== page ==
Groove with our Agile Greatest Hits: http://www.industriallogic.com/elearning/
                  http://agilesolutionspace.blogspot.com/
                • Brandon Olivares
                  Keith, Thanks a lot for the links. The class I was having trouble with is just about finished, and the design is completely different than I had originally
                  Message 8 of 22 , Jan 2, 2009
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                    Keith,

                    Thanks a lot for the links.

                    The class I was having trouble with is just about finished, and the design is completely different than I had originally planned, before I decided to try this approach. This design that has come out of it though is much simpler and cleaner than what I was thinking of. It's definitely something to get used to, but I like it.

                    Brandon

                    > -----Original Message-----
                    > From: extremeprogramming@yahoogroups.com
                    > [mailto:extremeprogramming@yahoogroups.com] On Behalf Of Keith Ray
                    > Sent: Friday, January 02, 2009 11:27 AM
                    > To: extremeprogramming@yahoogroups.com
                    > Subject: Re: [XP] TDD - Planning Ahead
                    >
                    > I have an example of a large method in my article here:
                    > <http://www.stickyminds.com/BetterSoftware/magazine.asp?fn=cifea&id=75
                    > <http://www.stickyminds.com/BetterSoftware/magazine.asp?fn=cifea&id=75>
                    > >
                    >
                    > Pretend the large method in Figure 1 was created by TDD with
                    > insufficient refactoring. There would be a large number of tests for
                    > that method, reflecting the large amount of behavior in that method.
                    > The article describes several extract methods that can be done. And
                    > points out some Move Method refactorings to correct a Feature Envy
                    > code smell -- moving some methods out of the nsAccessibleText class
                    > into the class nsISelectionController.
                    >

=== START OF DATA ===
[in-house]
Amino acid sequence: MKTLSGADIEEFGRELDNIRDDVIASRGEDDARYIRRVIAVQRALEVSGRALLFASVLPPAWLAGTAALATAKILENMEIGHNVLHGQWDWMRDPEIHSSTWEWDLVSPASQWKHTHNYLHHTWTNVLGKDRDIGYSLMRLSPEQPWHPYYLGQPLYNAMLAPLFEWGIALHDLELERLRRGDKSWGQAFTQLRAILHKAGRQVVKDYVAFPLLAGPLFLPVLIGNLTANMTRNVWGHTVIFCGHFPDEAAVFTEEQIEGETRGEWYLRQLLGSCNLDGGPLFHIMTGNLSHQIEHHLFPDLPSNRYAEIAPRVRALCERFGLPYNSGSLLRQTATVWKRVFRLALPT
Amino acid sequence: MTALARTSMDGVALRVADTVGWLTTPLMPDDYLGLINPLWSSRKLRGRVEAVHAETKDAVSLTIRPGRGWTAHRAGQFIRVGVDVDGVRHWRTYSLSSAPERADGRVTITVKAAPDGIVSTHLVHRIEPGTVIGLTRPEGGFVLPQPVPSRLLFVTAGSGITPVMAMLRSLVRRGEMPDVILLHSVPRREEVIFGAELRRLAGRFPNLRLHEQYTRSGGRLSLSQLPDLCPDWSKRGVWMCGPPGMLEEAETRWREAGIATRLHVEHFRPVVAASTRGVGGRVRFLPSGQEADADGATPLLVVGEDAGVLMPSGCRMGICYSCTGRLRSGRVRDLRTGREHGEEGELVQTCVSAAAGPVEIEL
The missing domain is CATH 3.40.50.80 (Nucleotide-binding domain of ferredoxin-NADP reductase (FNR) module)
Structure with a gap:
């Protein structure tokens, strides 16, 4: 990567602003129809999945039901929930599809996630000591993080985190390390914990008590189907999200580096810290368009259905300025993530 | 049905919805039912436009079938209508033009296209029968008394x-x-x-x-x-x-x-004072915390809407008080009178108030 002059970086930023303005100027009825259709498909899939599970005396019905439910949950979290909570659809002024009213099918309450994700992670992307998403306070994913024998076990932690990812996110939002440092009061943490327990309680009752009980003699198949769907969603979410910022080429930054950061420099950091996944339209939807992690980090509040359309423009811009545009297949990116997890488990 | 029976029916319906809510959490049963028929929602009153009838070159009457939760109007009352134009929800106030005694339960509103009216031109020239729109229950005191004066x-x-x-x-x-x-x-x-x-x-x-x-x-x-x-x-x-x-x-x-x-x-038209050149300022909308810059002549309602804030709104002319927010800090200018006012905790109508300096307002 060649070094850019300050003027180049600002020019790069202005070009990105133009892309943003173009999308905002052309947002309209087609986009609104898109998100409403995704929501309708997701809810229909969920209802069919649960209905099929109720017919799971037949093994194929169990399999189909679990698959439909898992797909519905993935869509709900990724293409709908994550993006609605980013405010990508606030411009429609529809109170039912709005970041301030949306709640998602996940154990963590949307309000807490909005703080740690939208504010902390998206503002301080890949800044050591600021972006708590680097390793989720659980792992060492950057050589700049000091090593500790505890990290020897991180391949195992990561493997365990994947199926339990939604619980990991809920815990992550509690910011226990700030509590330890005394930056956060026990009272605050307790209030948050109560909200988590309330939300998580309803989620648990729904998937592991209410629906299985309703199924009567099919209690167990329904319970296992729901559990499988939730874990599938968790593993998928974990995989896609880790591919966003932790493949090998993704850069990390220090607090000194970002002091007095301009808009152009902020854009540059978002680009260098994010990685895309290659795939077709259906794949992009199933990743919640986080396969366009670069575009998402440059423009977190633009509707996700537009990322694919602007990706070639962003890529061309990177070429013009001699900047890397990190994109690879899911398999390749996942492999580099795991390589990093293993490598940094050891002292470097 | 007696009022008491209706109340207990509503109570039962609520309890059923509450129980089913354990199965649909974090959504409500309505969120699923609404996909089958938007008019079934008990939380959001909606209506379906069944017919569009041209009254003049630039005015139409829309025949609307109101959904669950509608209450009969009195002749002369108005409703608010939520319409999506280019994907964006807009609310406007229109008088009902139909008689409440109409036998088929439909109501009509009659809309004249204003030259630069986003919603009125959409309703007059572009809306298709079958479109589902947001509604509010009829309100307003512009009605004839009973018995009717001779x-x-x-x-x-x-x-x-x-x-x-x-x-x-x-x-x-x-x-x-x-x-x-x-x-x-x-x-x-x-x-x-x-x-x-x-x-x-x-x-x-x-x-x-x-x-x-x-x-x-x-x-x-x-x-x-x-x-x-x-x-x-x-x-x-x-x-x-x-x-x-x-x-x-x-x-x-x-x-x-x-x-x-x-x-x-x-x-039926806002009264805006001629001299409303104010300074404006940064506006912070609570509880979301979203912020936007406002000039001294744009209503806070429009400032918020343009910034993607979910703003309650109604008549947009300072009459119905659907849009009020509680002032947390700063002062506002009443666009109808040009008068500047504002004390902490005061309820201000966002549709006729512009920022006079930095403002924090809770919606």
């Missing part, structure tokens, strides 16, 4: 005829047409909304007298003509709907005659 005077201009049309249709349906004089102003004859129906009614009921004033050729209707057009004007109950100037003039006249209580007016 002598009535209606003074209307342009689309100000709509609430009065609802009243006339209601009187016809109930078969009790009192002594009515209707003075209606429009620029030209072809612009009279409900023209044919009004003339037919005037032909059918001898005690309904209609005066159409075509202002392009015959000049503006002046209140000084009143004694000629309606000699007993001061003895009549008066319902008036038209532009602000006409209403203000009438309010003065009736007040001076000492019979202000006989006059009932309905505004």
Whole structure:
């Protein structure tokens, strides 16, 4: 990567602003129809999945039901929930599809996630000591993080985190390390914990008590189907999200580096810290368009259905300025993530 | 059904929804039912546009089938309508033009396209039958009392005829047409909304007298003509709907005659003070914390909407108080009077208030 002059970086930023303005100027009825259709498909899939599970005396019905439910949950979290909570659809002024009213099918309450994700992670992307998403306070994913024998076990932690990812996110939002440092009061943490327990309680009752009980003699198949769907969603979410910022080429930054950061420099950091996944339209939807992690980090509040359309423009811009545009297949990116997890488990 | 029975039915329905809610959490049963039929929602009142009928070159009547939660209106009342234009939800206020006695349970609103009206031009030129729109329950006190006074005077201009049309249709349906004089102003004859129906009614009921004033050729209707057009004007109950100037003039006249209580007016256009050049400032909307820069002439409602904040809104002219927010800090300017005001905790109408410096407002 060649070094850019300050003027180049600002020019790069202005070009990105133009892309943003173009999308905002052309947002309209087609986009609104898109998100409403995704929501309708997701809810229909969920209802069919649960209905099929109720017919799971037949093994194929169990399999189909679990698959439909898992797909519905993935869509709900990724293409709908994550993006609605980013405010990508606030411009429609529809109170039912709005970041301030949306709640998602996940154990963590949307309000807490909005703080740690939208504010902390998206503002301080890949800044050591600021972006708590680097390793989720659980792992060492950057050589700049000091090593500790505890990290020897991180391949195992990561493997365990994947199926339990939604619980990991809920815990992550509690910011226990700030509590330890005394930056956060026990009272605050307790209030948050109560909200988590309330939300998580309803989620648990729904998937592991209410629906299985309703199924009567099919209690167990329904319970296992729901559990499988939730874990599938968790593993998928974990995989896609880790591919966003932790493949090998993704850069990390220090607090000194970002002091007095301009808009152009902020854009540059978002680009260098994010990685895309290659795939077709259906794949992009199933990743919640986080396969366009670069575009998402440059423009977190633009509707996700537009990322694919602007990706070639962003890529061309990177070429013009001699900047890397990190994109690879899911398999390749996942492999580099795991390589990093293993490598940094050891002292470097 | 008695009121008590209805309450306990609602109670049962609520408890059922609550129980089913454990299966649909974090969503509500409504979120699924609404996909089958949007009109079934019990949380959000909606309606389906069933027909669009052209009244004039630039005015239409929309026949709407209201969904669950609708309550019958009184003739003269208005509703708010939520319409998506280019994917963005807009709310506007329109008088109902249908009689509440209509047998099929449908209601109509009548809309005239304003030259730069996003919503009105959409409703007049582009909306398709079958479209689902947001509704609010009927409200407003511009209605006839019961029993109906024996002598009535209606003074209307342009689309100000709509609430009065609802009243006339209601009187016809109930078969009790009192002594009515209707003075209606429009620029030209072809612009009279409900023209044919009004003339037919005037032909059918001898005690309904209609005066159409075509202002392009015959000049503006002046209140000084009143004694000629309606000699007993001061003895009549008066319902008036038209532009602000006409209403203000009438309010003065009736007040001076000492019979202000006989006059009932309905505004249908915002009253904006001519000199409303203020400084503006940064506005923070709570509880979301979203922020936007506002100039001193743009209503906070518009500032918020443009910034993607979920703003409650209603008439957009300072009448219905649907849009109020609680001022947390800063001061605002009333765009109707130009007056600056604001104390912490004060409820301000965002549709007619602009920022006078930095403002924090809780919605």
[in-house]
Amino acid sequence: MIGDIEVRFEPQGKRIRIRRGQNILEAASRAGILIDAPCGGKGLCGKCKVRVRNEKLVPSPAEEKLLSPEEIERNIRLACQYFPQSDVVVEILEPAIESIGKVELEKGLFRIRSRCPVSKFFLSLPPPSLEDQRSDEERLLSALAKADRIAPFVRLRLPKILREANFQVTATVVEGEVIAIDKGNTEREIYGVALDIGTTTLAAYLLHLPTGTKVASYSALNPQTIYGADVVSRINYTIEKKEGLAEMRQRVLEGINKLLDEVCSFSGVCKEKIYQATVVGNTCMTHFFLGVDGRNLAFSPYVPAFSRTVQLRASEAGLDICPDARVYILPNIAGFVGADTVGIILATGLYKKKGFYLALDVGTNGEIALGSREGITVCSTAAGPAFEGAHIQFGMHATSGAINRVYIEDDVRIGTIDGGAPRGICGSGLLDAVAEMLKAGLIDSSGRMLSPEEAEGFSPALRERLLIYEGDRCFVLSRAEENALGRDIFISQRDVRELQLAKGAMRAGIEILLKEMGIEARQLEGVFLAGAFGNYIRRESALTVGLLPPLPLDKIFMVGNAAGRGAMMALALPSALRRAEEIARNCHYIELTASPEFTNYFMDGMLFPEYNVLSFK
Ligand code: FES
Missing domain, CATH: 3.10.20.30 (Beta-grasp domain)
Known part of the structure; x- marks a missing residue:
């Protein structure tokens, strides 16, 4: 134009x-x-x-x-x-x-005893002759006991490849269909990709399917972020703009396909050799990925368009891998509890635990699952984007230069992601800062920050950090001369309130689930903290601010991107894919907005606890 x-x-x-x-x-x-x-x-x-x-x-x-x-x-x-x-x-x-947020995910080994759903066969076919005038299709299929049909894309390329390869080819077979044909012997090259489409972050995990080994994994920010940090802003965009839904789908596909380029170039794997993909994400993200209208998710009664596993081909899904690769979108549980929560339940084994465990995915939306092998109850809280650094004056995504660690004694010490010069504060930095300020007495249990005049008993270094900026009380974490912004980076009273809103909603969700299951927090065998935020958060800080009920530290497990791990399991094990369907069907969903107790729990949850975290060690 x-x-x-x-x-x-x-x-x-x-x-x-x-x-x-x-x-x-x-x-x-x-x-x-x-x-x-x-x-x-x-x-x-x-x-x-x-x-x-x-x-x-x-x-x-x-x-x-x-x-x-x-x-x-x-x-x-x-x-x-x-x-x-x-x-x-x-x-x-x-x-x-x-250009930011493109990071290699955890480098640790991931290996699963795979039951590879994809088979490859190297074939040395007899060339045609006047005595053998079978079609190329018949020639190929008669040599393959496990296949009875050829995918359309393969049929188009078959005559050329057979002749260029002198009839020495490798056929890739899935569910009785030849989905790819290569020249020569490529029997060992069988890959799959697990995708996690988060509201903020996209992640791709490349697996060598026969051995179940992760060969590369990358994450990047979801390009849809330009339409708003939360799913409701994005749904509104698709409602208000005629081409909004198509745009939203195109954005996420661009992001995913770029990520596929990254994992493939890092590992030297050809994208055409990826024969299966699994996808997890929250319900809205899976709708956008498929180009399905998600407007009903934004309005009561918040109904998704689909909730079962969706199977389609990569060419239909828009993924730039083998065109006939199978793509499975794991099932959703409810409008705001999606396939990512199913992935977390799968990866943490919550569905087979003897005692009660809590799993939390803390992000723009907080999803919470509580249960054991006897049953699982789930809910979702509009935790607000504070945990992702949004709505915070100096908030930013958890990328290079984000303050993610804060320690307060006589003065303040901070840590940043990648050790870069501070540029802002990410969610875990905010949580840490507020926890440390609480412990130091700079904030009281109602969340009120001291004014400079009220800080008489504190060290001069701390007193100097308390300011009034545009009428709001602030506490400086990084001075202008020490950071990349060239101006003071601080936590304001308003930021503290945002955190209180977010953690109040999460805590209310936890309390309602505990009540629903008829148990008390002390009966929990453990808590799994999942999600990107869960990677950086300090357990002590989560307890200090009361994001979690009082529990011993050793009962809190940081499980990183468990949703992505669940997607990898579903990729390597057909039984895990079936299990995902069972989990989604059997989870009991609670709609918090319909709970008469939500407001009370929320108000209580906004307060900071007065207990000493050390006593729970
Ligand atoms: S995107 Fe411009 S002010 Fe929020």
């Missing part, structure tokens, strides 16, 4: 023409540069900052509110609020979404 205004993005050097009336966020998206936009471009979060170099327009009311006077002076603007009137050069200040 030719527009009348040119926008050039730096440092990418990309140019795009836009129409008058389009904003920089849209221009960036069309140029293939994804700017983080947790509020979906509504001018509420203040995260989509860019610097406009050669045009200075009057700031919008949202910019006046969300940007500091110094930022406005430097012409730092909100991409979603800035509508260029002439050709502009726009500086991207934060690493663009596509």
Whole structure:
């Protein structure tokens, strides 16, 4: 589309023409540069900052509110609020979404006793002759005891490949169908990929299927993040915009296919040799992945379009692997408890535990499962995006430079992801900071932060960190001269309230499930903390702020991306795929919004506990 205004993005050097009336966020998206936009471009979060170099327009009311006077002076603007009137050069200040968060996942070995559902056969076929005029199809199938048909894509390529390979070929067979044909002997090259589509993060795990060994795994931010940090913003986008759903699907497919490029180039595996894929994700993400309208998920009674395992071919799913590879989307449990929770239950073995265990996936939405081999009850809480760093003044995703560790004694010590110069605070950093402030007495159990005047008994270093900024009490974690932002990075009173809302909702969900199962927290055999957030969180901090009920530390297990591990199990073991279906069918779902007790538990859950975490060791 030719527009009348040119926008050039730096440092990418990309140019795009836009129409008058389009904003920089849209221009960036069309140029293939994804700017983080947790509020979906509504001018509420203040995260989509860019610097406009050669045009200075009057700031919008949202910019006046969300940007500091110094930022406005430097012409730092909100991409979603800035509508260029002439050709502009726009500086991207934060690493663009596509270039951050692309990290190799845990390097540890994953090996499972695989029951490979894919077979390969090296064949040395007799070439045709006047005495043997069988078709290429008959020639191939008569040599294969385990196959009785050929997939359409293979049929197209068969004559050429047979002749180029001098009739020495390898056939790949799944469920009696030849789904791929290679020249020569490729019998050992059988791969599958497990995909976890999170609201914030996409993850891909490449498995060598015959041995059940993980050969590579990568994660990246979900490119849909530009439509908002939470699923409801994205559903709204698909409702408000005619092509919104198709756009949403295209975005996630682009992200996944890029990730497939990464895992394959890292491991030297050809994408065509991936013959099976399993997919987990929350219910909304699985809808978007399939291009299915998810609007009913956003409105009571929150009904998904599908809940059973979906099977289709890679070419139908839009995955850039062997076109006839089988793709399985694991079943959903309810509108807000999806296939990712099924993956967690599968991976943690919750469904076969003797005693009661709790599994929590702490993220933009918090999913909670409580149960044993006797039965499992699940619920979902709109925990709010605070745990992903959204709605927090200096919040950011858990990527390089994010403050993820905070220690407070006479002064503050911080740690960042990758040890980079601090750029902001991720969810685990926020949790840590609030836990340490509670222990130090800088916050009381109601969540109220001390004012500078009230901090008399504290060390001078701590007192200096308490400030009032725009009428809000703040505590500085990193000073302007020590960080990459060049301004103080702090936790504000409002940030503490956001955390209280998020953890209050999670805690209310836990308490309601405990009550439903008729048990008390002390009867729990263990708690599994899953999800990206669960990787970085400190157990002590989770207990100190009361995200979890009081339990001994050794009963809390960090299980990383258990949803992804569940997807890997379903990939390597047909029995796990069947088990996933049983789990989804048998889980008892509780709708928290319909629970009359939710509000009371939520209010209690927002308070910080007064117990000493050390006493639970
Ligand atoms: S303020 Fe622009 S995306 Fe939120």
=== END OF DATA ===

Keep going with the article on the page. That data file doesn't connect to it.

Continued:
> If you were test-driving nsAccessibleText, and now fixing code smells,
                    > you might have created the class nsISelectionController just to move
                    > the methods into it. I would move some of those tests that drove the
                    > creation of the code that we did Move Method on into a test-suite for
                    > nsISelectionController.
                    >
                    > As the article continues, we observe that BackupOldSettings and
                    > RestoreOldSettings are being used to save and restore some data
                    > belonging to the class nsISelectionController, but the class doing
                    > this work is nsAccessibleText. This is an Inappropriate Intimacy code
                    > smell, and one way to fix it is to use the Memento design pattern.
                    > Again we have created a new class [possibly an "inner class"], and we
                    > can maybe move some tests from the original class test-suite to
                    > another one.
                    >
                    > And we observe that several methods have two parameters that always go
                    > together - aStartOffsetand and aEndOffset. Data Clump code smell. Move
                    > those into a new "Range" class and extract and move methods like
                    > "Length" into that class and again there could be an opportunity to
                    > not only remove duplication in the code, but also in tests that may
                    > have been testing that several methods computed length or other
                    > functionality that belongs in Range.
                    >
                    > The examples from this article came from un-tdd'ed legacy code with
                    > very few unit tests, but I have seen people new to TDD ignore the same
                    > code smells when test-driving a class. The code-smells were not just
                    > in the production code, but also in the extreme duplication of the
                    > test code, and the fixes were to remove duplication in both the